Making Monarchy: The Changing Face of Power October 18, 2018
Until the 20th century, the two components most critical to a royal artist were representing striking grandeur and stable authority. The secret of outstandingly successful royal portraits was to combine two contradictory concepts: wonderment at awe-inspiring majesty, and the tantalizing impression of real insight into the monarch’s appearance and character.
As traced in the exhibition Tudors to Windsors: British Royal Portraits from Holbein to Warhol, artists have achieved this combination in very different ways across 500 years of British monarchy. Below is a look at just a few of the remarkable portraits, on view in the exhibition, that illustrate the changing ways British royals have demonstrated their power through art.
Queen Elizabeth I
The only surviving child of King Henry VIII, Queen Elizabeth I inherited the throne in 1558. Here, she is depicted near the end of her reign in attire that proclaims her royal authority. The white dress and pearls signify her chastity as the Virgin Queen, and her roses refer to the Tudor rose. This portrait was commissioned by Sir Henry Lee as part of an elaborate plan for the queen to forgive him for living with his mistress.
King George III and Queen Charlotte
One of the most successful royal portraits of the 18th century, painted by the Scottish artist Allan Ramsay, shows King George III standing in coronation robes and fashionably dressed in a gold coat and pants. The image was accompanied by a companion portrait of his wife, Queen Charlotte. George III presents an impression of remarkable grace and elegance.
The latter part of Queen Victoria’s reign was characterized by a number of grand, ceremonial events, including two anniversary celebrations. Portraits of the queen, such as this card made by Alexander Bassano, were widely available and relatively cheap. These cards could be displayed in the home, giving ordinary people opportunities to share in the festivities. Due partly to this widespread dissemination, Bassano ultimately created the defining image of Victoria that we recognize today. Learn more about Queen Victoria’s innovative use of photography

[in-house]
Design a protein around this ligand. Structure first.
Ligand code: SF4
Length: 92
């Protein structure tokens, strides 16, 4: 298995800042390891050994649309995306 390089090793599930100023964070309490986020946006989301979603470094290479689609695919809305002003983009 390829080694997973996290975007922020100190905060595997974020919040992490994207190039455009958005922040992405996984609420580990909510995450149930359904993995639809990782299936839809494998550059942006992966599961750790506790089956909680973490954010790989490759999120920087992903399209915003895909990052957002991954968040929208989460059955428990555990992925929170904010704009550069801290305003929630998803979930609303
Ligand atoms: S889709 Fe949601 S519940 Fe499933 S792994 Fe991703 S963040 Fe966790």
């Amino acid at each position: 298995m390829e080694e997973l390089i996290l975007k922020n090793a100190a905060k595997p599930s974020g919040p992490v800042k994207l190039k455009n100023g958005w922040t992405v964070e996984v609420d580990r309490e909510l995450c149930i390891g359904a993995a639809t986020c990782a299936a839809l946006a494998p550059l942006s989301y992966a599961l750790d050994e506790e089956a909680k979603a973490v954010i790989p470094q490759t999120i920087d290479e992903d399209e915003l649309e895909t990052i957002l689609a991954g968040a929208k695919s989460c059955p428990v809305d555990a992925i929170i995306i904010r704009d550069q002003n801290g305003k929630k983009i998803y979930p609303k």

Queen Elizabeth II
The demand for the likeness of Queen Elizabeth II has been a constant feature of her long reign. In February 1952, she sat for esteemed portrait photographer Dorothy Wilding for images to mark the queen’s ascension and coronation. The resulting portraits, 59 in all, were sent to embassies worldwide, and were later adapted for use on banknotes and stamps.
Today’s Royal Portraits
In recent years, London’s National Portrait Gallery has commissioned portraits of the next generation of the royal family. For this 2009 commission to create a double portrait of Prince William and Prince Harry, Nicky Philipps took a new artistic approach to the time-honored tradition. Though attired in their formal Household Cavalry uniforms, the brothers appear in relaxed poses in a seemingly unguarded moment—an unusual choice for a royal portrait.
See more in “Tudors to Windsors: British Royal Portraits from Holbein to Warhol,” on view in the Law Building through January 27, 2019.
This text is excerpted and adapted from the exhibition catalogue Tudors to Windsors: British Royal Portraits. © National Portrait Gallery, London
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